When you consider that prisoners are cocooned in concrete and steel for most of the week, the appeal of an outdoor run in a green space might seem obvious. But talk to the men here and you realise that, for many of them, doing parkrun is about more than just getting some fresh air and sunshine.
“It’s a chance to feel human,” one parkrunner said. “To see the sky properly, some of the landscape and to smell the turf, it feels amazing. It really picks me up.”
In fact, every person I asked said the boost to their mental wellbeing was the biggest benefit of parkrun; the sense of freedom, the runner’s high, but also the sense of inclusion.
That feeling stems partly from exercising as a group. Indeed, friendships have flourished out on the Wayland track, as have new training partnerships. One man was even offered legitimate paid employment upon release after striking up a conversation with a fellow volunteer.
But it also comes from knowing that thousands of other people across the country are doing the same thing at the same time – all under the same parkrun banner.
Surprisingly, it’s bringing loved ones closer together too, thanks to the Wayland results page on the parkrun website.
That family, friends and partners can check parkrunners’ times is valuable to the men here because it represents a chance to share an experience with the people they love, that doesn’t take place in the visits hall or over the telephone.
In other words, it’s a positive new way to feature in each other’s lives regardless of the distance between them.
“My sister and my young nephew both do parkrun where they live,” one man told me, “so it’s a nice way to connect with them and we enjoy comparing times. It feels normal to have something in common for us to talk about.”
The online results facility is also proving a hit internationally. One man I spoke to has family and friends as far away as Germany, Moldova and Russia checking his progress.
As well as all this, parkrun is helping people with drug problems to switch out poisonous habits for healthy ones, and it’s helping even more people to manage mental health conditions.
The physical aspect of the event is its biggest draw, though. After all, training is the main focus of many people’s lives in prison. Some who train regularly, use parkrun as an additional cardio workout and monitor their performances closely.
“This week I have taken time off from training in the gym to focus on running on the yard so that I can try to set a new parkrun PB on Saturday,” one man said. “My aim is to get down to 22.30, which is 15 seconds off my current time.”
You hear lots of talk about PBs around the jail these days. Even men who have never run, and who don’t normally feel at home in the gym, frequently take part now and set themselves targets.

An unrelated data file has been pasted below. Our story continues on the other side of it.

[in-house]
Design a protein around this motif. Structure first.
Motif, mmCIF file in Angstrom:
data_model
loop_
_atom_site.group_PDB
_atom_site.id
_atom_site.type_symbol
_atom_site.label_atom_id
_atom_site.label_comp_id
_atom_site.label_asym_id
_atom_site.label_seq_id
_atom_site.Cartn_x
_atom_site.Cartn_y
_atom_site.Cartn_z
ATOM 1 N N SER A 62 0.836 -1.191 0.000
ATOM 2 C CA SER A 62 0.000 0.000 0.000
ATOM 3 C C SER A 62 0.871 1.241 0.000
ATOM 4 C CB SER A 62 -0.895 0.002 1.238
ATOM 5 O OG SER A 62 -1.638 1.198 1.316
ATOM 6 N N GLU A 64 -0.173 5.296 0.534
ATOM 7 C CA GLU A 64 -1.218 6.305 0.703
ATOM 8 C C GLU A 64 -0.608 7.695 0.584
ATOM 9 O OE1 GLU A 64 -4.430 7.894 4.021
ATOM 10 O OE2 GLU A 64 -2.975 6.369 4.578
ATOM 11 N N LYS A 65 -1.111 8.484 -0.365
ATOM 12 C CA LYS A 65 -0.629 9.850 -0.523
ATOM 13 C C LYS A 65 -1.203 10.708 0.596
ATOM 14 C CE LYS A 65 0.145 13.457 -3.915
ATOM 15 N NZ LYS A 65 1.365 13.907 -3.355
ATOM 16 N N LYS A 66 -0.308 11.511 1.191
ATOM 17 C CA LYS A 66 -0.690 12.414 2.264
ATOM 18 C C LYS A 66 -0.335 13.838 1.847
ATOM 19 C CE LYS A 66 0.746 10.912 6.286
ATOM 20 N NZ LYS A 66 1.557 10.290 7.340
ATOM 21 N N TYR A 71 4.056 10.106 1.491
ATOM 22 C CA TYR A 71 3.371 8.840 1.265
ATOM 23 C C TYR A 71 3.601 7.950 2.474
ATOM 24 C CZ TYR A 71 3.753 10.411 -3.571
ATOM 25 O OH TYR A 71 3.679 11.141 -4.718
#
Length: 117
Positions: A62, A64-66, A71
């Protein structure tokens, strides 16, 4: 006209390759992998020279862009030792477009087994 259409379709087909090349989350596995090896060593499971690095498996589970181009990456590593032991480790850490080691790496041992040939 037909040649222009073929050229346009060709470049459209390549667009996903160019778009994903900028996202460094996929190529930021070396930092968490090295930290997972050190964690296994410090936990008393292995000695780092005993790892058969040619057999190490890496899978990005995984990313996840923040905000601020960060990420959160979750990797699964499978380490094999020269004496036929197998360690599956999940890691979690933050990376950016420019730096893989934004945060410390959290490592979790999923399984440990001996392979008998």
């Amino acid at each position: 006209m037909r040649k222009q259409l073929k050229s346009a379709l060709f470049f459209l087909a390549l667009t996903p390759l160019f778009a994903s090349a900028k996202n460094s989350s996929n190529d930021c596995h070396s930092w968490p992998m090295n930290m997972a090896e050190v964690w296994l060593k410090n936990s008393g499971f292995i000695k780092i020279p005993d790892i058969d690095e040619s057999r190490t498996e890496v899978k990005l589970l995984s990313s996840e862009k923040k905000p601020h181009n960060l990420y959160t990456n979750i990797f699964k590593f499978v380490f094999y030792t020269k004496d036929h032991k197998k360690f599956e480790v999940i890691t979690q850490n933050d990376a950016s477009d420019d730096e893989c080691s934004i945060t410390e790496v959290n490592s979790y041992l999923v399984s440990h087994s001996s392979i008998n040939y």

Naturally, there is competition between runners too. Those clocking similar times often develop a healthy rivalry – especially if they’re friends – which pushes them on to improve. Plus, it provides good banter fodder, especially when the printed results are displayed in the gym on a Saturday afternoon.
That said, there is incredible support out on the field. There are cheers of encouragement for every single runner, whoever it is and whatever their ability.
“There is definitely a different atmosphere out on the parkrun track compared to the normal prison environment,” one regular parkrunner said.
“The people that take part are self-selecting, so they tend to be well organised and motivated. It makes for a really good group which has a positive social effect because you meet like-minded people.”
It’s clear, then, that parkrun’s positive impact on the general health and wellbeing of the guys here is huge. And wellbeing is important in prison because the stakes are so high.
All too often, people who struggle to cope in jail hurt themselves. This is illustrated by the alarming rise in the number of cases of self-harm and suicide across the prison estate in recent years. Those who do leave, but return to society damaged or addicted, are much more likely to re-offend.
Therefore, it’s in everybody’s interest to keep prisoners well – and parkrun is doing just that. Not only is it helping prisoners to stay physically fit, it’s helping to build the confidence, character and inner resources required to turn things around – one positive step at a time.
If you work in a prison and are interested in starting a parkrun, please get in touch with us using this form.
Kim Tully and her Siberian Husky Yoshi are regulars at Hartstown parkrun in Dublin. By her own admission, Kim was inactive and looking for ways to make new friends. Eventually she plucked up the courage to go to her local parkrun and now Saturday mornings for Kim and Yoshi are a whole family affair….
Name: John Molloy Age: 76 Occupation: Retired Accountant Local parkrun: Kilkenny Number of parkruns completed: 201 How did I get involved in parkrun? I retired in 2011. One of the things I was sure I wanted to do was to get more exercise. My son challenged me to take part in the Nore swim…